**) ibid. p. 378. 379.
***) So only as an example, which is set aside when the idea that it was supposed to explain is grasped? No! As a formula!
*****) But Matthew says in the historical introduction to the sermon that it was addressed to the disciples.
†) Really not?
††) Then they had their ears elsewhere when the Lord said, “When you pray!” προσεύχεσθε! προσεύχεσθε υμείς!
†††) Is it still an example?
This is very violent! Just as violent as this whole reasoning is anxious and precarious! Wouldn’t the Lord have had to give them a strict reprimand for being very inattentive and handling his words very carelessly? Shouldn’t they have doubted whether this instruction to pray, when Jesus gave it to the people, also applied to them? What reprimand would they have deserved if they thought they needed something special, a particular formula?
“And if one were to find it completely unlikely that everyone would have fallen into such a misunderstanding,” Tholuck continues to argue, “could it not have been one or the other? But Luke only speaks of one of the disciples.”
All, all are innocent! Even the one Luke speaks of is innocent; no one has ever come up with such a ridiculous misunderstanding. Because when this one, who asks Jesus for a prayer formula in Luke’s script, appeared for this purpose, the Sermon on the Mount was not yet written, and Matthew had not yet included this prayer in the Sermon on the Mount from Luke’s script. But this one is also innocent because he never existed, never asked the Lord for a prayer, and is only a product of pragmatism, as Luke needed him to bring the Lord to words and give him cause to share this prayer.
So it is: the occasion that Luke speaks of is manufactured and very unfortunate. On the journey to Jerusalem (Luke 10:38), when Jesus was somewhere praying (Luke 11:1) – but only in Luke’s script is Jesus’ prayer this stereotypical formula – one of the disciples spoke to him when he stopped, “Lord, teach us to pray, just as John taught his disciples to pray.” How pragmatism teaches! Where else could Luke have gotten this news about John but from his own pragmatism? If they really had to lag behind John’s disciples in this regard, should the apostles have only noticed and felt this lack now, when they were leaving Galilee?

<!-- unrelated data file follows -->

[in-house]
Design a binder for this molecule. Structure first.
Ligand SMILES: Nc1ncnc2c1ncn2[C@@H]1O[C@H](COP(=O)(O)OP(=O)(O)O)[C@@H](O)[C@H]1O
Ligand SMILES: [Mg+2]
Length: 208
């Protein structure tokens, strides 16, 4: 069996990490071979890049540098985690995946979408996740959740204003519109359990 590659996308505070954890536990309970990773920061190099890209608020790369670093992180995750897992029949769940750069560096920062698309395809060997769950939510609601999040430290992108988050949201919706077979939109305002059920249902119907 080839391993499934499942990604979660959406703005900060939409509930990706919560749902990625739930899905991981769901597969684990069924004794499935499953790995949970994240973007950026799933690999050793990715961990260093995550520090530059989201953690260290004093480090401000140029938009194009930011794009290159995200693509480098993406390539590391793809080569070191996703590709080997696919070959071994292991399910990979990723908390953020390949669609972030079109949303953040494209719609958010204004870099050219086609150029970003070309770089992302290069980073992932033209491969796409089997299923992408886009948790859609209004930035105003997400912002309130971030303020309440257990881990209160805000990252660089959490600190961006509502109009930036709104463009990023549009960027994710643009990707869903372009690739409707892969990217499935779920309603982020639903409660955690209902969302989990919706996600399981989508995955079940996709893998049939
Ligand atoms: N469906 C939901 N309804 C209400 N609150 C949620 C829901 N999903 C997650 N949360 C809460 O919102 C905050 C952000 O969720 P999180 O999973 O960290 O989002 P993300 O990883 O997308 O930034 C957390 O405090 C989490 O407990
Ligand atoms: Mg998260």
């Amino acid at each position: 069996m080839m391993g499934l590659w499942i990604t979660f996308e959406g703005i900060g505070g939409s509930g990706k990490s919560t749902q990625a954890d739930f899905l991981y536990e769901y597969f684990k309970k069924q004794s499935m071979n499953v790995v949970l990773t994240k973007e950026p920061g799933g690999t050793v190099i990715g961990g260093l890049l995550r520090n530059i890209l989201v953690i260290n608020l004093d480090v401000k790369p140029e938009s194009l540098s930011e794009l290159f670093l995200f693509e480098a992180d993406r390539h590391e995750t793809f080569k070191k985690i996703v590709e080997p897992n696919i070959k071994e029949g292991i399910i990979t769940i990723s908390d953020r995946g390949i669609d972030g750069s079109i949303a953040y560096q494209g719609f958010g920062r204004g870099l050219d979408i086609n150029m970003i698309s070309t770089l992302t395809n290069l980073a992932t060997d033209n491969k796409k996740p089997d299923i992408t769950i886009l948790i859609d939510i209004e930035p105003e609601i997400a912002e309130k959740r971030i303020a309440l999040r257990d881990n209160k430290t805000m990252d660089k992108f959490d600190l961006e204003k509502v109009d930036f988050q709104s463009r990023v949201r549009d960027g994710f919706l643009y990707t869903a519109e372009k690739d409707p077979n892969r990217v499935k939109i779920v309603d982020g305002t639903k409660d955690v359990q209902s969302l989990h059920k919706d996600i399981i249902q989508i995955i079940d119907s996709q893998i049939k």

Schleiermacher, of course, knows how to appease us: earlier, when Jesus was in Galilee and when he performed the prayer (!) at the “usual prayer times”, he was always “found in multitudinous surroundings and the disciples could not immediately, when he stopped, take the opportunity to ask him for a formula, which they at the same time (!) wanted as a brief epitome of his religious views, but then also as something peculiar to his school (!) and unknown outside of it *)”.
*) a. a. O. p. 172.
But Luke himself reports often enough that “the Lord was with the disciples in solitude,” and, according to his account, Jesus prays in the solitude to which he has withdrawn with the disciples, as in Luke 6:12, 9:18, and 28! And always, constantly, when he traveled with the disciples in the country or even when he was in Capernaum, the crowd could not have besieged him. Finally, what does Schleiermacher read into the disciples’ desire **)? They want to learn to pray, but they do not ask for a symbol that would distinguish them as members of a school or church from other communities.
**) and Neander attributes this to him when he says, p. 236-237, Jesus “used this opportunity – the disciples’ request – to summarize the essence of Christianity in a few words in the form of a prayer!” As Schleiermacher simply refers to the disciple’s question, Neander refers to Jesus’ words: “When you pray, say!”